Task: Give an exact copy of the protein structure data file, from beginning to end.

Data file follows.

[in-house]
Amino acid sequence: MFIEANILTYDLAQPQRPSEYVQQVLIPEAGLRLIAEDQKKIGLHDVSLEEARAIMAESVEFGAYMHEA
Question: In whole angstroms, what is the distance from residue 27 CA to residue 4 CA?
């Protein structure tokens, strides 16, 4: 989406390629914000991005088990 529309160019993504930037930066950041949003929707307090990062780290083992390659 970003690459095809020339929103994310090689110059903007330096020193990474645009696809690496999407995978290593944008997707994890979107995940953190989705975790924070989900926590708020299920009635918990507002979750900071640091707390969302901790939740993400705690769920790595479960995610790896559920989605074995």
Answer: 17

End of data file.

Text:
[in-house]
Amino acid sequence: MFIEANILTYDLAQPQRPSEYVQQVLIPEAGLRLIAEDQKKIGLHDVSLEEARAIMAESVEFGAYMHEA
Question: In whole angstroms, what is the distance from residue 27 CA to residue 4 CA?
């Protein structure tokens, strides 16, 4: 989406390629914000991005088990 529309160019993504930037930066950041949003929707307090990062780290083992390659 970003690459095809020339929103994310090689110059903007330096020193990474645009696809690496999407995978290593944008997707994890979107995940953190989705975790924070989900926590708020299920009635918990507002979750900071640091707390969302901790939740993400705690769920790595479960995610790896559920989605074995």
Answer: 17